Rabbi Avraham Lessin is the founder and director of STAMP (STa”M Project), a Jerusalem-based nonprofit funded in part by the Mayberg Foundation in Chevy Chase, Maryland. Launched in 2018 together with Louis and Manette Mayberg, an OU board member, STAMP aims to restore transparency and accountability to the world of STa”M through a rigorous quality assurance process.

“I am truly grateful to the Maybergs who saw the positive change it could bring about for Klal Yisrael and were willing to take a chance on a new venture,” says Rabbi Lessin.

Rabbi Lessin became aware of the issues affecting mezuzos about 14 years ago, while working as a sofer and magia. As people increasingly submitted mezuzos for him to check, he repeatedly found a number of problems with the writing itself — such as spelling errors and improperly formed letters —- as opposed to issues caused by natural wear and tear or heat and moisture.

“I realized that the industry had no system of checks and balances,” says Rabbi Lessin. “Because of that, there were problematic articles flooding the market which had never been properly reviewed or fixed. Together with the industry’s leading rabbanim, we created an infrastructure where STa”M articles pass a quality control stage before going out to the public.”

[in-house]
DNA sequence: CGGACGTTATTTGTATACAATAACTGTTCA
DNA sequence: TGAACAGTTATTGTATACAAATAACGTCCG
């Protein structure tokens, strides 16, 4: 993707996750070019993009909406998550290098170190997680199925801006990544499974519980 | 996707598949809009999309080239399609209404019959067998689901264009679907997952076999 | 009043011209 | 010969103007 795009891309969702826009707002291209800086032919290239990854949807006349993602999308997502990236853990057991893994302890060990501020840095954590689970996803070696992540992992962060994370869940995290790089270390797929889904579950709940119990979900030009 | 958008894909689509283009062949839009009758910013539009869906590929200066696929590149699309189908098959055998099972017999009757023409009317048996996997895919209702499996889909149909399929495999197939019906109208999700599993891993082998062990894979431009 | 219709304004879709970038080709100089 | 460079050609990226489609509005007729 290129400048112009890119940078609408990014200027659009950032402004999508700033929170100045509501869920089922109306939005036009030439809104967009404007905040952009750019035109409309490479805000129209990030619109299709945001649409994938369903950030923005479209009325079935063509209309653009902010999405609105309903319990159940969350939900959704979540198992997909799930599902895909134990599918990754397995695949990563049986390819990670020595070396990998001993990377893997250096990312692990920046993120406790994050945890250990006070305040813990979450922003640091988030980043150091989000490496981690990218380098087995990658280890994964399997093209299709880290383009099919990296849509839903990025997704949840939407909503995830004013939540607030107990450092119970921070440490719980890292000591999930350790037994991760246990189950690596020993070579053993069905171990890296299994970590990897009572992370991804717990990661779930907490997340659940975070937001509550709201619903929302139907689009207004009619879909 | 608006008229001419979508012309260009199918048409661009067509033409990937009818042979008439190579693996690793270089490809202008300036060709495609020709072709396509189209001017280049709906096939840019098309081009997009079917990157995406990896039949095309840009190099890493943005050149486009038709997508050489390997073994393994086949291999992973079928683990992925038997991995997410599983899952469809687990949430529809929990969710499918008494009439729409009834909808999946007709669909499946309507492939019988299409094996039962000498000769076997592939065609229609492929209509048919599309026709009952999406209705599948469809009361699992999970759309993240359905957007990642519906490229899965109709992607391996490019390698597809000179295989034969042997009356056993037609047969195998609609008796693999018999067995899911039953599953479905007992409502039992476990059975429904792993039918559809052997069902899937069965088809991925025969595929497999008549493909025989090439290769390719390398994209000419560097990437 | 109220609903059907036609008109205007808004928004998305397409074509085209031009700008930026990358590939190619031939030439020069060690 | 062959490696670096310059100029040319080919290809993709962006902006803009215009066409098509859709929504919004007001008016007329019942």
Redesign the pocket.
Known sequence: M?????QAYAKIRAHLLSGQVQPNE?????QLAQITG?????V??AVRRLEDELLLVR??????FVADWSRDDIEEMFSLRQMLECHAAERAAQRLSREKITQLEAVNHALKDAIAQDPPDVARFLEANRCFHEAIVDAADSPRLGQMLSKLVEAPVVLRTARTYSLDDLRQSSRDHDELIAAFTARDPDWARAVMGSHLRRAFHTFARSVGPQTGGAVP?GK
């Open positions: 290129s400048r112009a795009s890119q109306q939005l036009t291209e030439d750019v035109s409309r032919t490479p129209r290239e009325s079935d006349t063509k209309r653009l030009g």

Recognizing the seriousness of this dilemma on a communal scale, the OU is partnering with STAMP to oversee the kashrus of mezuzos as a communal service to the North American Jewish community.

OU Kosher, the world’s largest and most widely recognized international kosher certification agency, is not only lending its extensive experience in the supervision of various processes and projects, but also its name and reputation to all mezuzos confirmed kosher lechatchila (completely kosher) by STAMP, through the OU STa”M Pikuach Initiative. Accordingly, consumers can now ask for OU mezuzos by name.

Rabbi Lessin is honored to partner with the OU.

“In essence, STAMP is doing for STa”M what the OU did for kosher food,” he says. “We share that common passion to bring about a kind of revolution. To collaborate with them on an organizational level is an incredible privilege. On a personal level, having their guidance and experience gives our organization a huge leg up. It’s truly a zechus to be able to work with such fantastic people who are involved l’shem shamayim.”

Rabbi Sarna says that in providing pikuach for mezuzos, the OU does not expect to eliminate every mistake, only to make them rare.